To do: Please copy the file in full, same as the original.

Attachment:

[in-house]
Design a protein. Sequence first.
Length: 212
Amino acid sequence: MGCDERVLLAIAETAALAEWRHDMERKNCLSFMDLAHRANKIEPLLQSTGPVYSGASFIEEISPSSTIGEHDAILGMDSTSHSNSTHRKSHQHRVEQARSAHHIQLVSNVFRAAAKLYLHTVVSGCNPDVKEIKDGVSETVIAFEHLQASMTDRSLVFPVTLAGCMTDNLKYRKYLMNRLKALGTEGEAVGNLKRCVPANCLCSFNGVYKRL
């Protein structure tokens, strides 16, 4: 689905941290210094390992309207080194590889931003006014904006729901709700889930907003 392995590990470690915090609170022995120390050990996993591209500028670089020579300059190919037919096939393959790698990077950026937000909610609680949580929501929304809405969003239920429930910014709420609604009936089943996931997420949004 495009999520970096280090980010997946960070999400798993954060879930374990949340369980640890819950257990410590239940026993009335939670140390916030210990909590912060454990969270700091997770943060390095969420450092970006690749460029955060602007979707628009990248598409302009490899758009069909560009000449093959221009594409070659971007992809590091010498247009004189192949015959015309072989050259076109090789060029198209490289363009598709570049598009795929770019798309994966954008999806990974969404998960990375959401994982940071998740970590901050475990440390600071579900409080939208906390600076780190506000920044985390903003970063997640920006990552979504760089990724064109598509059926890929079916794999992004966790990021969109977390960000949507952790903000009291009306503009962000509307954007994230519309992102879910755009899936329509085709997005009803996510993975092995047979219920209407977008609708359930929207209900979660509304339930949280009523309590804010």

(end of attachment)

[in-house]
Design a protein. Sequence first.
Length: 212
Amino acid sequence: MGCDERVLLAIAETAALAEWRHDMERKNCLSFMDLAHRANKIEPLLQSTGPVYSGASFIEEISPSSTIGEHDAILGMDSTSHSNSTHRKSHQHRVEQARSAHHIQLVSNVFRAAAKLYLHTVVSGCNPDVKEIKDGVSETVIAFEHLQASMTDRSLVFPVTLAGCMTDNLKYRKYLMNRLKALGTEGEAVGNLKRCVPANCLCSFNGVYKRL
């Protein structure tokens, strides 16, 4: 689905941290210094390992309207080194590889931003006014904006729901709700889930907003 392995590990470690915090609170022995120390050990996993591209500028670089020579300059190919037919096939393959790698990077950026937000909610609680949580929501929304809405969003239920429930910014709420609604009936089943996931997420949004 495009999520970096280090980010997946960070999400798993954060879930374990949340369980640890819950257990410590239940026993009335939670140390916030210990909590912060454990969270700091997770943060390095969420450092970006690749460029955060602007979707628009990248598409302009490899758009069909560009000449093959221009594409070659971007992809590091010498247009004189192949015959015309072989050259076109090789060029198209490289363009598709570049598009795929770019798309994966954008999806990974969404998960990375959401994982940071998740970590901050475990440390600071579900409080939208906390600076780190506000920044985390903003970063997640920006990552979504760089990724064109598509059926890929079916794999992004966790990021969109977390960000949507952790903000009291009306503009962000509307954007994230519309992102879910755009899936329509085709997005009803996510993975092995047979219920209407977008609708359930929207209900979660509304339930949280009523309590804010």